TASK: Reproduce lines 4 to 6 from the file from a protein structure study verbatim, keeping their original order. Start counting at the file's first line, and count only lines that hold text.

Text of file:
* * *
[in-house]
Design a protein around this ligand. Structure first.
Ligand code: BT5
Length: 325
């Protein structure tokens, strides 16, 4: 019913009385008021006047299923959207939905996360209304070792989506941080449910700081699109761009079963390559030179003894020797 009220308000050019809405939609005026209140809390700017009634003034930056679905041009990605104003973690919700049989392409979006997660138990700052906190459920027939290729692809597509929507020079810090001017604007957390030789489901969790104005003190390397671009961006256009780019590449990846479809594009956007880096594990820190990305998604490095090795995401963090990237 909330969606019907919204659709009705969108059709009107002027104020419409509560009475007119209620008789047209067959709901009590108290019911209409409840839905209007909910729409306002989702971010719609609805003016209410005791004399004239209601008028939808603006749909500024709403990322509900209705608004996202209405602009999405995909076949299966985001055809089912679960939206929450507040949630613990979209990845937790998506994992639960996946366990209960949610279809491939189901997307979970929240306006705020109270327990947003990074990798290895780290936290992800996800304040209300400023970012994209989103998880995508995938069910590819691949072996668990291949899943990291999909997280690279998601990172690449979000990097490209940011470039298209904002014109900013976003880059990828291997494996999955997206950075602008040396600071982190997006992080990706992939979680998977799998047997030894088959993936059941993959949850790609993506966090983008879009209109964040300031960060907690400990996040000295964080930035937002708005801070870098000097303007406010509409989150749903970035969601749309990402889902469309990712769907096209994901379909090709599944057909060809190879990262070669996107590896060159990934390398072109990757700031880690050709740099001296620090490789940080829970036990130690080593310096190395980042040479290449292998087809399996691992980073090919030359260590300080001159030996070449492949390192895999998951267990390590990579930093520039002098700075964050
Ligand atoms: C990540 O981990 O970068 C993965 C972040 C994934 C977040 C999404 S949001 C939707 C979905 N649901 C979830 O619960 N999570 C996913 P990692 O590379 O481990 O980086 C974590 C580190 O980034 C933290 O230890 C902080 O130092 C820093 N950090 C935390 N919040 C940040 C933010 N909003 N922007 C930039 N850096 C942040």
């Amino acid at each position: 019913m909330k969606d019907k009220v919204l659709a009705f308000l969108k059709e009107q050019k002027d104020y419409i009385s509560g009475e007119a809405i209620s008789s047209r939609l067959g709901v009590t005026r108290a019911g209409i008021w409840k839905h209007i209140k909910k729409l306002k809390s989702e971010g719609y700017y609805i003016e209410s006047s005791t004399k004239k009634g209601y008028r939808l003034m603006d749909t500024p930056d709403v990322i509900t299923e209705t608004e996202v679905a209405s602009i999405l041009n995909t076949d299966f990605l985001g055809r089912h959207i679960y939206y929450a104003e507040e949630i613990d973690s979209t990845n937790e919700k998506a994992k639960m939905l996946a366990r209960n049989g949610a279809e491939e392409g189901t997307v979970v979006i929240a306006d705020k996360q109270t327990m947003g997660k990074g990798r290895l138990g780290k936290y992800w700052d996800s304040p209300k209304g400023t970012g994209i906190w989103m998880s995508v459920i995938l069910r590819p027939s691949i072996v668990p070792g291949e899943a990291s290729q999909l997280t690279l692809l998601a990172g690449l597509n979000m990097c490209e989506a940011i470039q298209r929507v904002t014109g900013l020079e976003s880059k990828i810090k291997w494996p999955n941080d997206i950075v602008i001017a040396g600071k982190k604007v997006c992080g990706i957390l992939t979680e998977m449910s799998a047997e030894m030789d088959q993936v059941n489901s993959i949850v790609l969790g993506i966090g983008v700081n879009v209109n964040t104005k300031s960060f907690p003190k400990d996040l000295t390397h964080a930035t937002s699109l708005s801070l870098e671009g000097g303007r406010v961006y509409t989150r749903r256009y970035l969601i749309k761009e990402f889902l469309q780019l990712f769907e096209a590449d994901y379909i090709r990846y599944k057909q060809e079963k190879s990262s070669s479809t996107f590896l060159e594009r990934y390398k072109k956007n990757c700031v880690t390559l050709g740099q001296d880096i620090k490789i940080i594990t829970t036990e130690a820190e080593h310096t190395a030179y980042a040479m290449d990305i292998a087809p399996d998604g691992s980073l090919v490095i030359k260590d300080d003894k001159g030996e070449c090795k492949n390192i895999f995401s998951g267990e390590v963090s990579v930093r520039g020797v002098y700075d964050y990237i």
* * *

Length: 325
């Protein structure tokens, strides 16, 4: 019913009385008021006047299923959207939905996360209304070792989506941080449910700081699109761009079963390559030179003894020797 009220308000050019809405939609005026209140809390700017009634003034930056679905041009990605104003973690919700049989392409979006997660138990700052906190459920027939290729692809597509929507020079810090001017604007957390030789489901969790104005003190390397671009961006256009780019590449990846479809594009956007880096594990820190990305998604490095090795995401963090990237 909330969606019907919204659709009705969108059709009107002027104020419409509560009475007119209620008789047209067959709901009590108290019911209409409840839905209007909910729409306002989702971010719609609805003016209410005791004399004239209601008028939808603006749909500024709403990322509900209705608004996202209405602009999405995909076949299966985001055809089912679960939206929450507040949630613990979209990845937790998506994992639960996946366990209960949610279809491939189901997307979970929240306006705020109270327990947003990074990798290895780290936290992800996800304040209300400023970012994209989103998880995508995938069910590819691949072996668990291949899943990291999909997280690279998601990172690449979000990097490209940011470039298209904002014109900013976003880059990828291997494996999955997206950075602008040396600071982190997006992080990706992939979680998977799998047997030894088959993936059941993959949850790609993506966090983008879009209109964040300031960060907690400990996040000295964080930035937002708005801070870098000097303007406010509409989150749903970035969601749309990402889902469309990712769907096209994901379909090709599944057909060809190879990262070669996107590896060159990934390398072109990757700031880690050709740099001296620090490789940080829970036990130690080593310096190395980042040479290449292998087809399996691992980073090919030359260590300080001159030996070449492949390192895999998951267990390590990579930093520039002098700075964050
Ligand atoms: C990540 O981990 O970068 C993965 C972040 C994934 C977040 C999404 S949001 C939707 C979905 N649901 C979830 O619960 N999570 C996913 P990692 O590379 O481990 O980086 C974590 C580190 O980034 C933290 O230890 C902080 O130092 C820093 N950090 C935390 N919040 C940040 C933010 N909003 N922007 C930039 N850096 C942040």